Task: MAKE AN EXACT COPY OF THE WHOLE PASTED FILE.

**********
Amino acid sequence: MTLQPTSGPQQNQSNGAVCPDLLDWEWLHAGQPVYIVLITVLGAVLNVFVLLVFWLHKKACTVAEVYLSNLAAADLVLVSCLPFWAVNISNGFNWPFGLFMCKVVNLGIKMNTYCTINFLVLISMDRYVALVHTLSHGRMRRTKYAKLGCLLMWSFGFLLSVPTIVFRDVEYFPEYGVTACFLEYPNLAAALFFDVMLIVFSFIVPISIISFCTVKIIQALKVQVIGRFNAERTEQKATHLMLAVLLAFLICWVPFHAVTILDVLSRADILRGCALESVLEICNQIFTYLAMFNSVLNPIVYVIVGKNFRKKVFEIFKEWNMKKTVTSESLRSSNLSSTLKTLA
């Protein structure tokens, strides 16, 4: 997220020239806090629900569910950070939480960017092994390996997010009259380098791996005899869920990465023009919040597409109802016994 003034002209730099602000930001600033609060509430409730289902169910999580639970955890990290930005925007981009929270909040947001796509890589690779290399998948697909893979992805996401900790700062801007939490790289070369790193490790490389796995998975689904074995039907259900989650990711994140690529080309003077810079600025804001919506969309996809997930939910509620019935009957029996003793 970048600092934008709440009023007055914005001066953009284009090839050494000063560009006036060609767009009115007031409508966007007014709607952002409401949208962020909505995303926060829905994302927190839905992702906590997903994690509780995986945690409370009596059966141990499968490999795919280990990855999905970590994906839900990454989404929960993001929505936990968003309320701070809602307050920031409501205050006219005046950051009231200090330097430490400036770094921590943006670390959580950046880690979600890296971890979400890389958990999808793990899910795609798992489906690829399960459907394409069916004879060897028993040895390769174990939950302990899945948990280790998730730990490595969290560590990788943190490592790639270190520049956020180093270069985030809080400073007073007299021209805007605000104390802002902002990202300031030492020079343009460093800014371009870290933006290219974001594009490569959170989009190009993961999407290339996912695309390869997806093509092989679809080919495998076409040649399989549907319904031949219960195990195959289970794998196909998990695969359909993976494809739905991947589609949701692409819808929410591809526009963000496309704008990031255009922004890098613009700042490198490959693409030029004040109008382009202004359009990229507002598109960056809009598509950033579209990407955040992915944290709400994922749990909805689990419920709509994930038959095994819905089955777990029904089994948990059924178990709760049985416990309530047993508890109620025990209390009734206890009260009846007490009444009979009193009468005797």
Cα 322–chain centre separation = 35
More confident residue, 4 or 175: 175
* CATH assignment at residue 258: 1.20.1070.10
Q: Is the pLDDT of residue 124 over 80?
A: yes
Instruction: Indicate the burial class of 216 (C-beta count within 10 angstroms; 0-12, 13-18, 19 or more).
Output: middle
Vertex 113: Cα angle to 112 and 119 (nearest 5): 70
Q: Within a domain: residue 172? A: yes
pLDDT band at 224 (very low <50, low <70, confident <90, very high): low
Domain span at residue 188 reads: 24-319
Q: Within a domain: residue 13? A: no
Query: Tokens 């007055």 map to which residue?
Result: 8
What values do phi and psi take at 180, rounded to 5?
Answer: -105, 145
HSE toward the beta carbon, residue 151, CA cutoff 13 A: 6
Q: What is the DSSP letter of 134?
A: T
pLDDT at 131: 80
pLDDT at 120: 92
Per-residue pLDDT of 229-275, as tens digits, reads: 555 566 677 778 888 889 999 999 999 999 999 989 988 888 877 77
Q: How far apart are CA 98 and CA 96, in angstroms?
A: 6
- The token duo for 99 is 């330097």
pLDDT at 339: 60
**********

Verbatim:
Amino acid sequence: MTLQPTSGPQQNQSNGAVCPDLLDWEWLHAGQPVYIVLITVLGAVLNVFVLLVFWLHKKACTVAEVYLSNLAAADLVLVSCLPFWAVNISNGFNWPFGLFMCKVVNLGIKMNTYCTINFLVLISMDRYVALVHTLSHGRMRRTKYAKLGCLLMWSFGFLLSVPTIVFRDVEYFPEYGVTACFLEYPNLAAALFFDVMLIVFSFIVPISIISFCTVKIIQALKVQVIGRFNAERTEQKATHLMLAVLLAFLICWVPFHAVTILDVLSRADILRGCALESVLEICNQIFTYLAMFNSVLNPIVYVIVGKNFRKKVFEIFKEWNMKKTVTSESLRSSNLSSTLKTLA
């Protein structure tokens, strides 16, 4: 997220020239806090629900569910950070939480960017092994390996997010009259380098791996005899869920990465023009919040597409109802016994 003034002209730099602000930001600033609060509430409730289902169910999580639970955890990290930005925007981009929270909040947001796509890589690779290399998948697909893979992805996401900790700062801007939490790289070369790193490790490389796995998975689904074995039907259900989650990711994140690529080309003077810079600025804001919506969309996809997930939910509620019935009957029996003793 970048600092934008709440009023007055914005001066953009284009090839050494000063560009006036060609767009009115007031409508966007007014709607952002409401949208962020909505995303926060829905994302927190839905992702906590997903994690509780995986945690409370009596059966141990499968490999795919280990990855999905970590994906839900990454989404929960993001929505936990968003309320701070809602307050920031409501205050006219005046950051009231200090330097430490400036770094921590943006670390959580950046880690979600890296971890979400890389958990999808793990899910795609798992489906690829399960459907394409069916004879060897028993040895390769174990939950302990899945948990280790998730730990490595969290560590990788943190490592790639270190520049956020180093270069985030809080400073007073007299021209805007605000104390802002902002990202300031030492020079343009460093800014371009870290933006290219974001594009490569959170989009190009993961999407290339996912695309390869997806093509092989679809080919495998076409040649399989549907319904031949219960195990195959289970794998196909998990695969359909993976494809739905991947589609949701692409819808929410591809526009963000496309704008990031255009922004890098613009700042490198490959693409030029004040109008382009202004359009990229507002598109960056809009598509950033579209990407955040992915944290709400994922749990909805689990419920709509994930038959095994819905089955777990029904089994948990059924178990709760049985416990309530047993508890109620025990209390009734206890009260009846007490009444009979009193009468005797």
Cα 322–chain centre separation = 35
More confident residue, 4 or 175: 175
* CATH assignment at residue 258: 1.20.1070.10
Q: Is the pLDDT of residue 124 over 80?
A: yes
Instruction: Indicate the burial class of 216 (C-beta count within 10 angstroms; 0-12, 13-18, 19 or more).
Output: middle
Vertex 113: Cα angle to 112 and 119 (nearest 5): 70
Q: Within a domain: residue 172? A: yes
pLDDT band at 224 (very low <50, low <70, confident <90, very high): low
Domain span at residue 188 reads: 24-319
Q: Within a domain: residue 13? A: no
Query: Tokens 């007055």 map to which residue?
Result: 8
What values do phi and psi take at 180, rounded to 5?
Answer: -105, 145
HSE toward the beta carbon, residue 151, CA cutoff 13 A: 6
Q: What is the DSSP letter of 134?
A: T
pLDDT at 131: 80
pLDDT at 120: 92
Per-residue pLDDT of 229-275, as tens digits, reads: 555 566 677 778 888 889 999 999 999 999 999 989 988 888 877 77
Q: How far apart are CA 98 and CA 96, in angstroms?
A: 6
- The token duo for 99 is 């330097």
pLDDT at 339: 60